•   Where crown rot is a low risk.                    grain yield in three out of every five WA barley
•   Where barley leaf rust is a low risk.             NVT (2014-2017), but Fathom has the advantage
•   To rotations in which low grain protein may be    of better straw strength, improved resistance to
    a problem.                                        STNB (but not NTNB) and better tolerance to
•   Where high grain plumpness is important.          barley leaf rust.
                                                      Best suited:
Fathom                                                •   To environments with a yield potential below
Fathom is a feed barley with the best tolerance           3t/ha where there is a high risk of STNB.
to STNB of the currently grown barley varieties       •   To paddocks with a higher weed burden
but is rated as MSS or below to both Beecher              as it is one of the more competitive barley
pathotypes of NTNB and VS to the new Oxford               varieties.
pathotype of NTNB (as a seedling). For the period
2014-2017, the grain yield of Fathom across

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2019 Barley - variety sowing guide for Western Australia
La Trobe
                                                       La Trobe is now recognised in international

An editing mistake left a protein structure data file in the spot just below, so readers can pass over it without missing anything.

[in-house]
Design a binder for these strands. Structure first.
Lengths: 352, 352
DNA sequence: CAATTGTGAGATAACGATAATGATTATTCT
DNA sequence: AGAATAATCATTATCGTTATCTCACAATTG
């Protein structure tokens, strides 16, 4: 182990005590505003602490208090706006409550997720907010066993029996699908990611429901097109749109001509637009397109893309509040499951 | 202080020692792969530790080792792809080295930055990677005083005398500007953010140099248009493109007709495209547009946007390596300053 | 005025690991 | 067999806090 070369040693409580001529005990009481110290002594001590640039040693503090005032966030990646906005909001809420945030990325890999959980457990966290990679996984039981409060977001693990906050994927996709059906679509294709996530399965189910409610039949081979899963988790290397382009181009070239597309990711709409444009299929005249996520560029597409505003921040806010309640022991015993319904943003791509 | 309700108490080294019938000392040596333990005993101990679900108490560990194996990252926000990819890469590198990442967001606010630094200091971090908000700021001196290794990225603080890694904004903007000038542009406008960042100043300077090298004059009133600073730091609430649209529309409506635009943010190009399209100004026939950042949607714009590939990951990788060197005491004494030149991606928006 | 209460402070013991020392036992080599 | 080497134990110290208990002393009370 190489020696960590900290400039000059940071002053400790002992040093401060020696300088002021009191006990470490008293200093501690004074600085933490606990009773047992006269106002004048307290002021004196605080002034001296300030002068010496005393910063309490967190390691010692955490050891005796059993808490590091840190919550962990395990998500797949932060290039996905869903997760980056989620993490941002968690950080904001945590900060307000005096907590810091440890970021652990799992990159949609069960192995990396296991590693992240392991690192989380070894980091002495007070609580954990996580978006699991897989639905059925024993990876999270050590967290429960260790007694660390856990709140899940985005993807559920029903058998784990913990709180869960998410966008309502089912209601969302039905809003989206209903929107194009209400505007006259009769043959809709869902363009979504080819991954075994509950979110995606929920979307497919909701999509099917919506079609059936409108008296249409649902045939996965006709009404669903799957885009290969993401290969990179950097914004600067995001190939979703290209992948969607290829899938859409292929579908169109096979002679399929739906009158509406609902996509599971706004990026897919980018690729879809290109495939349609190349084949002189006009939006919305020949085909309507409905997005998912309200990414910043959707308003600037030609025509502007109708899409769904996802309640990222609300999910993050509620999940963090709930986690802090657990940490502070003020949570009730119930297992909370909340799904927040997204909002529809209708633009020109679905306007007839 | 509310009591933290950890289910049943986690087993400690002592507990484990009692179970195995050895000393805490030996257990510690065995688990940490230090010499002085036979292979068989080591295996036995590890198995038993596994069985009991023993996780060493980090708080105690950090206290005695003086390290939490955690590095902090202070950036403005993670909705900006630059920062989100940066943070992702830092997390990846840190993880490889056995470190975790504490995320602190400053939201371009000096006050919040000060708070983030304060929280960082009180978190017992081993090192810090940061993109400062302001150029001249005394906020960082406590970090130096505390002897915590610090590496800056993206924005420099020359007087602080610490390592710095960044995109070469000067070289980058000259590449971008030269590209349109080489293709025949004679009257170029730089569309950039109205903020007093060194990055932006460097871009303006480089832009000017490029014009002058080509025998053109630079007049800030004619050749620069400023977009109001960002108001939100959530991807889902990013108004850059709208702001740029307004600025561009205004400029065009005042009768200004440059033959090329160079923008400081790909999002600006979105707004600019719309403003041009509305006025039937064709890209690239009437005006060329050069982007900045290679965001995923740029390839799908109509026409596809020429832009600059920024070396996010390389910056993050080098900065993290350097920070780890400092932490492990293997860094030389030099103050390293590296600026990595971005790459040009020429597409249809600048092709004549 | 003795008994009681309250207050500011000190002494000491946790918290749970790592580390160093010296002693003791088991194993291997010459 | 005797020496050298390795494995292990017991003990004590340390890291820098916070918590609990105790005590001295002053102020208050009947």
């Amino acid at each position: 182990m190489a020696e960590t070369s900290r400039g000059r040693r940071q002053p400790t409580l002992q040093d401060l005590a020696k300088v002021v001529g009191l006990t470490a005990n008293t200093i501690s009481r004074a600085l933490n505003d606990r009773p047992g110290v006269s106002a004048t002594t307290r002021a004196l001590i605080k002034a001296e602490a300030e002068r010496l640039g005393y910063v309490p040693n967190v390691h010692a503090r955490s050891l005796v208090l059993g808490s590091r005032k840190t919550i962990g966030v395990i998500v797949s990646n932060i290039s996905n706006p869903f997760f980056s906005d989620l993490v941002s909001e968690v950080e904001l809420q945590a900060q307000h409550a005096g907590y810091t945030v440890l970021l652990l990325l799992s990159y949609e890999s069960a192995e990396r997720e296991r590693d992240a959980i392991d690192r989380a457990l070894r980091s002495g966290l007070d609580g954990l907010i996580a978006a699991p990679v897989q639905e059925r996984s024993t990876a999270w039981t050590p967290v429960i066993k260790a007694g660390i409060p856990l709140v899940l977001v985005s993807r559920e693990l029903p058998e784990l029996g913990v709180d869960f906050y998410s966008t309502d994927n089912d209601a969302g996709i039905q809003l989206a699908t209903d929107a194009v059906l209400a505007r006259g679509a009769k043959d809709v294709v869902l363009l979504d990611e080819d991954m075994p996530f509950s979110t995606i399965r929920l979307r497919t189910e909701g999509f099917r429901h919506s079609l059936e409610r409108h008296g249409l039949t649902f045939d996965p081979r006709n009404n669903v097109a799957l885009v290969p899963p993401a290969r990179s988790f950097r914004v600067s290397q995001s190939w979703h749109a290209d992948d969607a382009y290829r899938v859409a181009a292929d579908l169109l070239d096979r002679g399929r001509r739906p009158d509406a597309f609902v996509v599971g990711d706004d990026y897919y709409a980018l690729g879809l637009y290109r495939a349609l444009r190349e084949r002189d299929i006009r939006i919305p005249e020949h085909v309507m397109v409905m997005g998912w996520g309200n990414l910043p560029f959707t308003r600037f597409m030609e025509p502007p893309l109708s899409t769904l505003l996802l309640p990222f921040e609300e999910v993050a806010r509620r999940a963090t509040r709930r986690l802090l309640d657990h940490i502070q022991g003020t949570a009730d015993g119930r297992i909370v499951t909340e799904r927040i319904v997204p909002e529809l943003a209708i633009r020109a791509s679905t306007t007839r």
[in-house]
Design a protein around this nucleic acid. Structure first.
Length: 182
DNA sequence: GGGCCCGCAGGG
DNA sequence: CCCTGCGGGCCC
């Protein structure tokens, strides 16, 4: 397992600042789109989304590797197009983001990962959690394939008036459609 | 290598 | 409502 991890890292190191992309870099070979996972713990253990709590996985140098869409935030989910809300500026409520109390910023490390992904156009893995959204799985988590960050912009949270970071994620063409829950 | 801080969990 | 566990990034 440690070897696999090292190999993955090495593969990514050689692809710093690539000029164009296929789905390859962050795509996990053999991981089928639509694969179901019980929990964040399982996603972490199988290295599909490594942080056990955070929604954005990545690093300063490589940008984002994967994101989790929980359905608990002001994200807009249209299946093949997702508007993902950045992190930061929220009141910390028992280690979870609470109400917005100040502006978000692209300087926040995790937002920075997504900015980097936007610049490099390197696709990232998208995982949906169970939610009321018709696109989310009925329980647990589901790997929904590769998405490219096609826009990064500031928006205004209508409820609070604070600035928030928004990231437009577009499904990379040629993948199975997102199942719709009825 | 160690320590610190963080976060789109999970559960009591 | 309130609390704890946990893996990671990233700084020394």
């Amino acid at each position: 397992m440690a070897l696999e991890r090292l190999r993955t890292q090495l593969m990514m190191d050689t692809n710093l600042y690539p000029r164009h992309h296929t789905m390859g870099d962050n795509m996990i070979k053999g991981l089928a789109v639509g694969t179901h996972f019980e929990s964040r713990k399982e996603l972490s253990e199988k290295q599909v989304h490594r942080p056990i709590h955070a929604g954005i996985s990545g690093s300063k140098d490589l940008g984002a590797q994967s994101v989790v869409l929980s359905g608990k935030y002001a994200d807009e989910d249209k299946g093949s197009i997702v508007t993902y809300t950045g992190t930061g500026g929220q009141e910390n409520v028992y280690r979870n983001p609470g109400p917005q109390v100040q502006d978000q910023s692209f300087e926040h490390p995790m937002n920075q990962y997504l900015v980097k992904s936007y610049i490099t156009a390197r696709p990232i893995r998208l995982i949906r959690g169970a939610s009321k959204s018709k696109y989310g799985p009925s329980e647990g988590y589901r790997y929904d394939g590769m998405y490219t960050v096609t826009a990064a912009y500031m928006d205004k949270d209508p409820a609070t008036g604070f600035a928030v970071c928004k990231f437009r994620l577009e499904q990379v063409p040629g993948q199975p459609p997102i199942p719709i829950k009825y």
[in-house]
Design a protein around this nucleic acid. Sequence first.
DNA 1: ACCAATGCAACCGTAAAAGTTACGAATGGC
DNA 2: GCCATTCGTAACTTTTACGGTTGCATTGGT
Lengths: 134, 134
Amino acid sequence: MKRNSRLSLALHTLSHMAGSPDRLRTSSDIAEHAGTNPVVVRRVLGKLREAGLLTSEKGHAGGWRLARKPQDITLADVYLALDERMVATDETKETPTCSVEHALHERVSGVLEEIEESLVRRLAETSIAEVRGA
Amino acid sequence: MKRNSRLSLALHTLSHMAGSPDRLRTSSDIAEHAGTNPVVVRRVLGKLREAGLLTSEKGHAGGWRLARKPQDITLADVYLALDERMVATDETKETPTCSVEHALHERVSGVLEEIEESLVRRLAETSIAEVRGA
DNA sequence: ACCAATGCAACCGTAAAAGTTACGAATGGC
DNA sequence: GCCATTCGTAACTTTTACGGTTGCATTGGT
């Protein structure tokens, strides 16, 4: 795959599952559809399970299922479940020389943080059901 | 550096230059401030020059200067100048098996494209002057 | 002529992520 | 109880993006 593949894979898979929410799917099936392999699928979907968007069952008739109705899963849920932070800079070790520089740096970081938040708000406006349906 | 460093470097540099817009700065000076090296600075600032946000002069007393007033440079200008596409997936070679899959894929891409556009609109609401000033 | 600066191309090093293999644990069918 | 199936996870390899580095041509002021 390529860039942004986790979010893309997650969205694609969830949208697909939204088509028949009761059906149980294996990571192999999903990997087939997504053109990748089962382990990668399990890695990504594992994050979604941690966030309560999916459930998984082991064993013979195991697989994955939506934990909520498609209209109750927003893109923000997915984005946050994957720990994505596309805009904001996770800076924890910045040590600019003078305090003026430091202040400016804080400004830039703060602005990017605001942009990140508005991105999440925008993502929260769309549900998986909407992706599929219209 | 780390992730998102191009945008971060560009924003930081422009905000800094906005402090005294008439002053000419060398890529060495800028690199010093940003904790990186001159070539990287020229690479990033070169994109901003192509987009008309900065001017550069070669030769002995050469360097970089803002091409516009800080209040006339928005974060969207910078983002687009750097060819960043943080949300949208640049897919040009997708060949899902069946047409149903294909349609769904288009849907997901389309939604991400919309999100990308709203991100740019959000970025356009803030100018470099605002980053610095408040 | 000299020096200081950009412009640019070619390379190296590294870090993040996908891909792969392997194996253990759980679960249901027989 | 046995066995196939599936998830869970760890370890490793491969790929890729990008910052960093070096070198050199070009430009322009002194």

malting and brewing markets. Whilst La Trobe
                                                       has good market demand, it is not recognised
                                                       as a premium variety and in years of adequate
                                                       supply is likely to be priced below varieties like
                                                       Bass and Baudin. The area sown to La Trobe will
                                                       come under pressure from Banks (if it becomes
                                                       accredited), Spartacus CL and RGT Planet
                                                       (especially in environments which can yield more
                                                       than 4t/ha) over coming seasons. La Trobe is still
                                                       a critical variety for the trade given it is the only
                                                       variety received in Japan (aside from Baudin) for
                                                       the manufacture of shochu. The shochu market,
                                                       whilst small compared to the malt barley market,
                                                       pays above the market price and supports the